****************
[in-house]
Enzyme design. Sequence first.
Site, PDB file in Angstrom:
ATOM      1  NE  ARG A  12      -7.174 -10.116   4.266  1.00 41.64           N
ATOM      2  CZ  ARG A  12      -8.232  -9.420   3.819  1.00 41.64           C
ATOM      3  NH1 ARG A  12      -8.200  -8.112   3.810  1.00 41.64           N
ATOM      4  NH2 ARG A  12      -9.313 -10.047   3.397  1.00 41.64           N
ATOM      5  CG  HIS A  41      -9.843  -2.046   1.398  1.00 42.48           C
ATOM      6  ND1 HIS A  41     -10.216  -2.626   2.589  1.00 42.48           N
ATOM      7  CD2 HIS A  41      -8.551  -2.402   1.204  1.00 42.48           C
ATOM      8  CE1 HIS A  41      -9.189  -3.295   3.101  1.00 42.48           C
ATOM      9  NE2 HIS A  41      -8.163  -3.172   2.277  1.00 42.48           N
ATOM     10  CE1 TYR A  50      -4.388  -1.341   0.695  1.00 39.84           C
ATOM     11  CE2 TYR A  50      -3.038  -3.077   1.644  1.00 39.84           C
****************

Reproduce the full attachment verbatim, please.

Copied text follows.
[in-house]
Enzyme design. Sequence first.
Site, PDB file in Angstrom:
ATOM      1  NE  ARG A  12      -7.174 -10.116   4.266  1.00 41.64           N
ATOM      2  CZ  ARG A  12      -8.232  -9.420   3.819  1.00 41.64           C
ATOM      3  NH1 ARG A  12      -8.200  -8.112   3.810  1.00 41.64           N
ATOM      4  NH2 ARG A  12      -9.313 -10.047   3.397  1.00 41.64           N
ATOM      5  CG  HIS A  41      -9.843  -2.046   1.398  1.00 42.48           C
ATOM      6  ND1 HIS A  41     -10.216  -2.626   2.589  1.00 42.48           N
ATOM      7  CD2 HIS A  41      -8.551  -2.402   1.204  1.00 42.48           C
ATOM      8  CE1 HIS A  41      -9.189  -3.295   3.101  1.00 42.48           C
ATOM      9  NE2 HIS A  41      -8.163  -3.172   2.277  1.00 42.48           N
ATOM     10  CE1 TYR A  50      -4.388  -1.341   0.695  1.00 39.84           C
ATOM     11  CE2 TYR A  50      -3.038  -3.077   1.644  1.00 39.84           C